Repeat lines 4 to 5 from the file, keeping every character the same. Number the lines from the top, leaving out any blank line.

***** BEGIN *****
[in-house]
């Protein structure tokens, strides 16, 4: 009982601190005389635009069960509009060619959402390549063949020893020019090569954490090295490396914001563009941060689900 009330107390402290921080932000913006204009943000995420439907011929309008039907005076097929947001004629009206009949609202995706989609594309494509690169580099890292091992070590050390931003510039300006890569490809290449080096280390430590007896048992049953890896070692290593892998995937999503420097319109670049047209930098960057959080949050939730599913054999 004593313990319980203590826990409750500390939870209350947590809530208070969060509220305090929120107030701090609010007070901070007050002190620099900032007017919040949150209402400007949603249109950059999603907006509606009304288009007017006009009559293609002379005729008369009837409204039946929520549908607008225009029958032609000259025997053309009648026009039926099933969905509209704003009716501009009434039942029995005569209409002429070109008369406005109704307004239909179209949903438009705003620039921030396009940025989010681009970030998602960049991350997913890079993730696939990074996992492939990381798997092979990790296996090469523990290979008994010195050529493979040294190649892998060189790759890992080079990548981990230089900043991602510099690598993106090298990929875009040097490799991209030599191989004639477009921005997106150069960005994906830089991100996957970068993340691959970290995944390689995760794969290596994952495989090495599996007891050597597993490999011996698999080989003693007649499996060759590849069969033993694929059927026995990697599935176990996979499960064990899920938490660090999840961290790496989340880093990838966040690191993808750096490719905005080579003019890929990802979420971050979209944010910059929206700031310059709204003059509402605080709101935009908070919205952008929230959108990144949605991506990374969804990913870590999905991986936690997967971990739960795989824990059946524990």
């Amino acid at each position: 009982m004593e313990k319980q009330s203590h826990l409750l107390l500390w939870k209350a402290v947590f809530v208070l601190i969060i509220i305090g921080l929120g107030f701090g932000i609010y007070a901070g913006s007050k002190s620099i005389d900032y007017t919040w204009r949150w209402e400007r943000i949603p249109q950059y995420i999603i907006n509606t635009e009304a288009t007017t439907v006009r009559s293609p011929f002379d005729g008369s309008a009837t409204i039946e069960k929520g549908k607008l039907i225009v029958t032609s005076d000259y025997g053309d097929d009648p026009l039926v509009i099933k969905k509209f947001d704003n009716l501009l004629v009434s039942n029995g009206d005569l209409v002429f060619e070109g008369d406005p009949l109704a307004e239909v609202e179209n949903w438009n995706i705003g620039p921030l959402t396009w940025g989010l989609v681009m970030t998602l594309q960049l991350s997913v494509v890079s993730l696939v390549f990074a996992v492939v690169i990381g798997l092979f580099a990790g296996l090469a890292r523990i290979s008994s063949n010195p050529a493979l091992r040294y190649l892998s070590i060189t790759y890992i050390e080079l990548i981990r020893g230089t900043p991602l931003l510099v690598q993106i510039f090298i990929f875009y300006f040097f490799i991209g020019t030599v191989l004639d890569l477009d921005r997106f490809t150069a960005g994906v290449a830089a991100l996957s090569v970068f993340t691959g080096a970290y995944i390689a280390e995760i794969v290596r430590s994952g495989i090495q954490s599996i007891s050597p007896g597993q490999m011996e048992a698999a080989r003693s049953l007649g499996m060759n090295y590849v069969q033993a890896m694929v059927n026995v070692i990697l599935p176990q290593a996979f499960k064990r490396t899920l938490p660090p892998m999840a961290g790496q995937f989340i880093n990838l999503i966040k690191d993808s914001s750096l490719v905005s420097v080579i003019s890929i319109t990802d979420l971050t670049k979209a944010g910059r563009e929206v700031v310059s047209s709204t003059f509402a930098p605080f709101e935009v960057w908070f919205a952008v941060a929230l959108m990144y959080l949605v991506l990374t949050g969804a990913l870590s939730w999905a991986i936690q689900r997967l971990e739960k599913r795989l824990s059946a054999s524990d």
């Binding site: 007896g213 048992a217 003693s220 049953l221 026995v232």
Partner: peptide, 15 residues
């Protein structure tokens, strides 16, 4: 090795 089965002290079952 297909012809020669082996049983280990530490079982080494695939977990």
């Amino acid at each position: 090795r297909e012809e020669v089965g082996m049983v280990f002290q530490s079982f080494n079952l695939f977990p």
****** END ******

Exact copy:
């Binding site: 007896g213 048992a217 003693s220 049953l221 026995v232």
Partner: peptide, 15 residues